Rojas, Rick and Alan Blinder. “Alabama abortion ban is temporarily blocked by a federal judge,” The New York Times, October 29, 2019. https://www.nytimes.com/2019/10/29/us/alabama-abortion-ban.html

Law, Tara. “Here are the details of the abortion legislation in Alabama, Georgia, Louisiana and Elsewhere,” Time Magazine. May 18, 2019 and updated July 2, 2019. https://time.com/5591166/state-abortion-laws-explained/

Kilgore, Ed. “Kavanaugh sends a strong signal on how he’ll approach abortion rights,” New York Magazine, April 23, 2020. https://nymag.com/intelligencer/2020/04/kavanaugh-signals-how-hell-approach-abortion-rights-cases.html

Allen, Jonathan and Jonathan Stempel. “FBI documents point to Trump role in hush money for porn star Daniels.” Reuters, July 18, 2019. https://www.reuters.com/article/us-usa-trump-cohen/fbi-documents-point-to-trump-role-in-hush-money-for-porn-star-daniels-idUSKCN1UD18D

ABC.Net.au. “Donald Trump: Billy Bush says infamous Access Hollywood ‘grab them by the p***y’ tape is real.” Updated December 3, 2017. https://www.abc.net.au/news/2017-12-04/billy-bush-says-infamous-access-hollywood-trump-tape-is-real/9224358

Reinhard, Beth, Rosalind Helderman and Marc Fisher. “Donald Trump and Jeffrey Epstein partied together. Then an oceanfront Palm Beach mansion came between them,” The Washington Post, July 31, 2019. https://www.washingtonpost.com/politics/donald-trump-and-jeffrey-epstein-partied-together-then-an-oceanfront-palm-beach-mansion-came-between-them/2019/07/31/79f1d98c-aca0-11e9-a0c9-6d2d7818f3da_story.html

Prasad, Ritu. “How Trump talks about women – and does it matter?” BBC News, November 29, 2019. https://www.bbc.com/news/world-us-canada-50563106

McIntire, Mike and Ben Protess. “At the center of Kavanaugh Accusations: Heavy Drinking.” The New York Times, September 26, 2018. https://www.nytimes.com/2018/09/26/us/politics/kavanaugh-drinking-yale-high-school.html

An Endorsement of Medicare for All

Originally published in March 2020, this podcast discusses the healthcare plan proposed by Bernie Sanders. Although he has ended his presidential campaign and now endorses Joe Biden, he did so with the understanding the Biden would adjust his stance on healthcare to appeal to progressive democrats. And in light of the current pandemic, providing affordable healthcare for all is more critical and has more mainstream demand now than ever. Reading it now, I am amazed at how my attitudes have changed about the Coronavirus.

Hello, and welcome to another episode of the Liberty and Justice For All Podcast. I’m Emily Olsen, and I enjoyed watching the March 15 Presidential Debate between Biden and Bernie. I think both of them did well. I enjoyed the one-on-one format that gave them more time to discuss their policies.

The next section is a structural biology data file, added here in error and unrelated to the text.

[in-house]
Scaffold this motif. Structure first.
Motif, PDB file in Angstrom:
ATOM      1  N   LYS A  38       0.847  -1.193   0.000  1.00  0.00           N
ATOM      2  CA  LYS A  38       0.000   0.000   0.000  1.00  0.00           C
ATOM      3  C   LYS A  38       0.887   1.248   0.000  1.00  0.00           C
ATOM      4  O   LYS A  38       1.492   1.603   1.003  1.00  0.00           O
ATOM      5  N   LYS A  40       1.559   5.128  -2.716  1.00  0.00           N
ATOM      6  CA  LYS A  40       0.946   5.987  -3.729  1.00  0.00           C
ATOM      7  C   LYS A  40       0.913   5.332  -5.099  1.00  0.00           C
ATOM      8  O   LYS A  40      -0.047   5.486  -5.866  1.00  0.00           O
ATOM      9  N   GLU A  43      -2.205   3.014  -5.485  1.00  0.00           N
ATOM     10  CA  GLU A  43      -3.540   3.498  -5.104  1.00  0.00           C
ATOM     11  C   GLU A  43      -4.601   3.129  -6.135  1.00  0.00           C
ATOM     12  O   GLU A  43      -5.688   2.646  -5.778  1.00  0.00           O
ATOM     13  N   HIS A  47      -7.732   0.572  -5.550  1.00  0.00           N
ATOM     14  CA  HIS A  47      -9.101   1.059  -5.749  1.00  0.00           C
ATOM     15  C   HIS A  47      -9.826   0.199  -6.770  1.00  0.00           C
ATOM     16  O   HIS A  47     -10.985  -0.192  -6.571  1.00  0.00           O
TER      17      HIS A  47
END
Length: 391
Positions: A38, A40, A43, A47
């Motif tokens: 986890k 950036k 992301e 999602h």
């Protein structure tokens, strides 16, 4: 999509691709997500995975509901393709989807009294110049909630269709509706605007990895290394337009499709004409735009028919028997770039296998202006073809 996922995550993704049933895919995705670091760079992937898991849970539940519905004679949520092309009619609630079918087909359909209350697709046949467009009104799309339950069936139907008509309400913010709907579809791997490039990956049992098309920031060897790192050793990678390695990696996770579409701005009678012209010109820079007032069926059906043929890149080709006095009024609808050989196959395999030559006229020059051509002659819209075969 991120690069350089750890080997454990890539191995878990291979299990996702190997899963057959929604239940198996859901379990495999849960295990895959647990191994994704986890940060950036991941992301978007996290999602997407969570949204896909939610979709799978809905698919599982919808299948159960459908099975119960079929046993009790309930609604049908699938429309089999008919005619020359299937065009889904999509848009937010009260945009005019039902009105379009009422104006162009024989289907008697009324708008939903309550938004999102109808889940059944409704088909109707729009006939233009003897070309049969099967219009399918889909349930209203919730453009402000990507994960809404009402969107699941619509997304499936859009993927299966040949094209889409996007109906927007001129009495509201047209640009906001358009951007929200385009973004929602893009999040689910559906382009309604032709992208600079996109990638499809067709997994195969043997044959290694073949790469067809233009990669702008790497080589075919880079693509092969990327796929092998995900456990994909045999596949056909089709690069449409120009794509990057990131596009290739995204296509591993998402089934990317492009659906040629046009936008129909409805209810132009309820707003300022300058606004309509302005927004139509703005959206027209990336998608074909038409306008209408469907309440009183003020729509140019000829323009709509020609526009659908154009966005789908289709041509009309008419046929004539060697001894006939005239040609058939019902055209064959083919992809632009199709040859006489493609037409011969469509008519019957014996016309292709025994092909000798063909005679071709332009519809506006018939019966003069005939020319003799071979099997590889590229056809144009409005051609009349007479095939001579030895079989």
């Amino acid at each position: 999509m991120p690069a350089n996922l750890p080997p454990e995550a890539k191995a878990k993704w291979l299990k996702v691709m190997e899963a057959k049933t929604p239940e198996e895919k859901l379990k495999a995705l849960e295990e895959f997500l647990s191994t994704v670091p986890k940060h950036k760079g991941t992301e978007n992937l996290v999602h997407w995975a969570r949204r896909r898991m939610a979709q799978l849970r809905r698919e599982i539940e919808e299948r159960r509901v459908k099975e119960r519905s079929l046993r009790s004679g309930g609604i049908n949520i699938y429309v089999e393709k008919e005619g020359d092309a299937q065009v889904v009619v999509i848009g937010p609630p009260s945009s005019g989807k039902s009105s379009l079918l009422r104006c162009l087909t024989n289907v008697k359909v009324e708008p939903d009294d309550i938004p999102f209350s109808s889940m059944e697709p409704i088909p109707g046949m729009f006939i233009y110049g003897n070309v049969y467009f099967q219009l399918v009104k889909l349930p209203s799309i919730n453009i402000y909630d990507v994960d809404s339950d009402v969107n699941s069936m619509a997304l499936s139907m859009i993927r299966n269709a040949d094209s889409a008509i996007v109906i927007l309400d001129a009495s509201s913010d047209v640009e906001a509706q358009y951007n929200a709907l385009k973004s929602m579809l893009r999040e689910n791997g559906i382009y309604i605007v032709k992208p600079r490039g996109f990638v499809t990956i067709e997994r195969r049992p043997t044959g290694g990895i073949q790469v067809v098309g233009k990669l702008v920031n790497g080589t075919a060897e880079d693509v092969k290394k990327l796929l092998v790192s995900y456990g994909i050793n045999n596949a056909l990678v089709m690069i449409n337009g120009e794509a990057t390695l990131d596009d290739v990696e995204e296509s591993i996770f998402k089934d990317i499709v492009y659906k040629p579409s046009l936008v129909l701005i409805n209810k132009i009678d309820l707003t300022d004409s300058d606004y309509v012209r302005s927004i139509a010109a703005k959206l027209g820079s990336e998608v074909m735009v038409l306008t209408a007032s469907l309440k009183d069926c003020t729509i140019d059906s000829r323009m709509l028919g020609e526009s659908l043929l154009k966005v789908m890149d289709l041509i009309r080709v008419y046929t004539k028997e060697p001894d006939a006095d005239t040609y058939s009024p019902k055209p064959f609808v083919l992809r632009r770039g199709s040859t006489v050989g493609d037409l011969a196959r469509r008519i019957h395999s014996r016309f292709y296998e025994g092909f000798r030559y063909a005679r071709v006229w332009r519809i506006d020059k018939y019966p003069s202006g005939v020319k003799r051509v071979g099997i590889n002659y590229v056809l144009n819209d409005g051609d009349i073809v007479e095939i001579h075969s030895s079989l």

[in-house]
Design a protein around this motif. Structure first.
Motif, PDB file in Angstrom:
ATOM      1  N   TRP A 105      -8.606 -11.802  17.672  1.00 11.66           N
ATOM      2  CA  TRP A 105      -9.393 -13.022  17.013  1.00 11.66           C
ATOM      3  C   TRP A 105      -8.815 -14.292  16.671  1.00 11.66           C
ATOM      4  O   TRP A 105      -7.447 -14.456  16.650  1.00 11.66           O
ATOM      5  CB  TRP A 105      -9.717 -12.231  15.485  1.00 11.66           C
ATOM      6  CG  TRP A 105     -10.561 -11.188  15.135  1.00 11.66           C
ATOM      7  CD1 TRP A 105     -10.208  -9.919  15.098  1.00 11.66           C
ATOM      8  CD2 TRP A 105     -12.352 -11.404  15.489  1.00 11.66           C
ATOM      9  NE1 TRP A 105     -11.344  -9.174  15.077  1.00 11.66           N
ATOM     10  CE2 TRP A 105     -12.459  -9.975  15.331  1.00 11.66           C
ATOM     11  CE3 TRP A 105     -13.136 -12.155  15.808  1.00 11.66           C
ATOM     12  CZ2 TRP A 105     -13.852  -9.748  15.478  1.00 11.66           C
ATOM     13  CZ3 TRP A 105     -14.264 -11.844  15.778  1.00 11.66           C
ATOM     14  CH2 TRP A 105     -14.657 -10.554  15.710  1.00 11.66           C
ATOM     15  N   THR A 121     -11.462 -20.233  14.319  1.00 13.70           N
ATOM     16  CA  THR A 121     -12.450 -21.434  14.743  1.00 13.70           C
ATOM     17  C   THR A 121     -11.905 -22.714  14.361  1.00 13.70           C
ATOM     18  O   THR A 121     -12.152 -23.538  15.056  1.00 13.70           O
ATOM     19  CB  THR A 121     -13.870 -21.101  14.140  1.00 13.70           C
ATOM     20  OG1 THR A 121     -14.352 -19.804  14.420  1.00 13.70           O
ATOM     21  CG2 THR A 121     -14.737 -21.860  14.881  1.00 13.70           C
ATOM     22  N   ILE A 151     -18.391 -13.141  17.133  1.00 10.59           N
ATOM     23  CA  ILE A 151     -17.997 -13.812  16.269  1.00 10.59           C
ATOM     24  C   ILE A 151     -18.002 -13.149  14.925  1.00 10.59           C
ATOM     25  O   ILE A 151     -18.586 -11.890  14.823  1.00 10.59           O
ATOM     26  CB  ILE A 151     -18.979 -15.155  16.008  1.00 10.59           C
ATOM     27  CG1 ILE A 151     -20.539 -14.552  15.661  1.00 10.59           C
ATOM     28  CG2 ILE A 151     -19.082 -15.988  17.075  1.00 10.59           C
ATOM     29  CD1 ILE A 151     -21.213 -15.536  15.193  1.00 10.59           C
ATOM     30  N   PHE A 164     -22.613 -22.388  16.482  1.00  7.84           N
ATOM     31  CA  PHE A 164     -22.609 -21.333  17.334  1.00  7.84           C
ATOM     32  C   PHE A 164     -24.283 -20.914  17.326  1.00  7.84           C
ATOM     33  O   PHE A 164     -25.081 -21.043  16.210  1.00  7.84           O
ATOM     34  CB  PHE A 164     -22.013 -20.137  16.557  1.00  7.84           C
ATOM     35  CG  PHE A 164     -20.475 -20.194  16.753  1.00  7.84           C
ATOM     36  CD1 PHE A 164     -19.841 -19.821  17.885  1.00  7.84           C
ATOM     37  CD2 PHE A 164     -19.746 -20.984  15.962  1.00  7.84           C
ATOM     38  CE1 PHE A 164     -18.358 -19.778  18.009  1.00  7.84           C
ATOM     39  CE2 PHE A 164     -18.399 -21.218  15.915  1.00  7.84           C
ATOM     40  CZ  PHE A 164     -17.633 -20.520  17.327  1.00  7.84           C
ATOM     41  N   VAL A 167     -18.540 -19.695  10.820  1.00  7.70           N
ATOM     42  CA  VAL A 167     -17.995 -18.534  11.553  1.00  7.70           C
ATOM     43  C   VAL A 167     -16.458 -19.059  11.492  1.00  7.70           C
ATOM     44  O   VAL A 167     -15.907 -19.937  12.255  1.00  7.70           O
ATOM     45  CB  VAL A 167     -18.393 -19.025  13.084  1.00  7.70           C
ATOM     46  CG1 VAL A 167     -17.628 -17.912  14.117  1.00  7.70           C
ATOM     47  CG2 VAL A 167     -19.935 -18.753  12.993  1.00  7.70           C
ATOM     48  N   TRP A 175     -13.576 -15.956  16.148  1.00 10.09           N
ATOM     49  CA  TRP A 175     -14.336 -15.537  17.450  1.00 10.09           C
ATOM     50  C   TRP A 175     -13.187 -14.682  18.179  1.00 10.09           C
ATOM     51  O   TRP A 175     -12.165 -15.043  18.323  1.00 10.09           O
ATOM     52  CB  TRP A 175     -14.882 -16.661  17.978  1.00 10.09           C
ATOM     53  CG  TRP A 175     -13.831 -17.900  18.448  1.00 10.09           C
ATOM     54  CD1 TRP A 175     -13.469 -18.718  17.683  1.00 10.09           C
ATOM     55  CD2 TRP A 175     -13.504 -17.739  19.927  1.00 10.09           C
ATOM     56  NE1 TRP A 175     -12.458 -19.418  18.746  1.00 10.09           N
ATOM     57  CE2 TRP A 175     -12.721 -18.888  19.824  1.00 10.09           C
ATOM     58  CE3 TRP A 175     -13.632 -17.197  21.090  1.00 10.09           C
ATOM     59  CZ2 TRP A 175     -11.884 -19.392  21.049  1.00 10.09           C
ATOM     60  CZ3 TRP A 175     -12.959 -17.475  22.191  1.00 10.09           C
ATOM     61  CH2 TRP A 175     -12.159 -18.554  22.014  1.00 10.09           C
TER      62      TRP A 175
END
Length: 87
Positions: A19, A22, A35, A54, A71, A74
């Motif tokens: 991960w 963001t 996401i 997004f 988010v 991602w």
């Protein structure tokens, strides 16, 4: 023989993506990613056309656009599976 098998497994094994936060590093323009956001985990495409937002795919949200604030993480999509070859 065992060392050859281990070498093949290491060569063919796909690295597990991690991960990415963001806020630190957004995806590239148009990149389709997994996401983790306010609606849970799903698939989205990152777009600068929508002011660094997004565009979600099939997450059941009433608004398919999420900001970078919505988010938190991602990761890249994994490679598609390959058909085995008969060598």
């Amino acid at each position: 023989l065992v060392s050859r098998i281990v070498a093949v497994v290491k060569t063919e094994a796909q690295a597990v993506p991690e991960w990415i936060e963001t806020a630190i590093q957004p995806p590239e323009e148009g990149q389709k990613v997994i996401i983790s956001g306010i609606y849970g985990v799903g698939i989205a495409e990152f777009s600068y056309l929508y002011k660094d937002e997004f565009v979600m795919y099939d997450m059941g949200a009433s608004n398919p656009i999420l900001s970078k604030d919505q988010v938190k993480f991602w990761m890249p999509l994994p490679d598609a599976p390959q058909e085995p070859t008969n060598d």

But I am amazed at how the Covid-19 outbreak lessened the gap between Biden’s expansion of Obamacare and Bernie’s Medicare for All policies. Covid-19, or Coronavirus as it is commonly known, has changed a lot of things around us, just in the last few days, such as the availability of toilet paper. But I was going to say that Covid-19 certainly accentuates the need for everyone in our communities to have access to affordable healthcare. The health of one affects the health of all. We can all accept this in regard to extremely contagious diseases like Covid-19, and this principle applies to our economy also.

I want to talk today about more of the details of Medicare for All. I will say that as a layperson watching Sunday’s debate, I was left with questions about Bernie’s policy, and I think there is more interest than ever about what he has to offer. All insurance is complicated, and Medicare for All is different than Obamacare in a number of ways that is important to understand for comparing Bernie from Biden.

So before I get into a big discussion about the benefits of the left-wing policy of Medicare for All, I will reiterate that only a few years ago, I still identified as a moderate Republican. How could my views change so drastically in such a short time?

My husband, Paul, had a big influence on me in that regard. He will join us as my guest in a moment. About three years ago, he completed his master’s project on a health economics subject, and I assisted him in preparing the written report and literature search for it. Even the title is quite technical, which is, “How Socioeconomics and Limited Access to Healthcare Relate to the Onset of Secondary Symptoms in Diabetes.” He completed multiple sets of regression analyses, which are statistical comparisons of a group of data. I have included a link to the whole report and his data in the text below, if you’re interested. His project identified a statistical correlation between poverty and the onset of both Type 2 diabetes and the onset of secondary symptoms in Type 2 diabetes.

So basically, poor people are more likely to develop Type 2 diabetes and also develop complications later on from it, such as cardiovascular disease, stroke, or blindness. Being poor makes you more susceptible for many other medical conditions, as well. That info is really important to you if you are poor, but it’s especially important to all of us, when you combine it with the fact that about half of all estimated national expenses associated with diabetes are related to emergency and/or hospital care. And most emergency and hospital care can be avoided if patients are maintaining their diabetes well by keeping blood sugars within the safe range on a consistent basis and by being able to keep the recommended quarterly doctor’s appointments for diabetics. Those who are maintaining their diabetes well are less likely to have an emergency low or high blood sugar, which could worsen their diabetes or even cause death in extreme cases.

To maintain their diabetes well, patients need access to affordable healthcare and pharmaceuticals. They need to be able to see a doctor on a regular basis, as well as receive medications and diabetic supplies without breaking the bank and without having to sacrifice some of those things so that they can afford food or food for their families or a roof over their heads.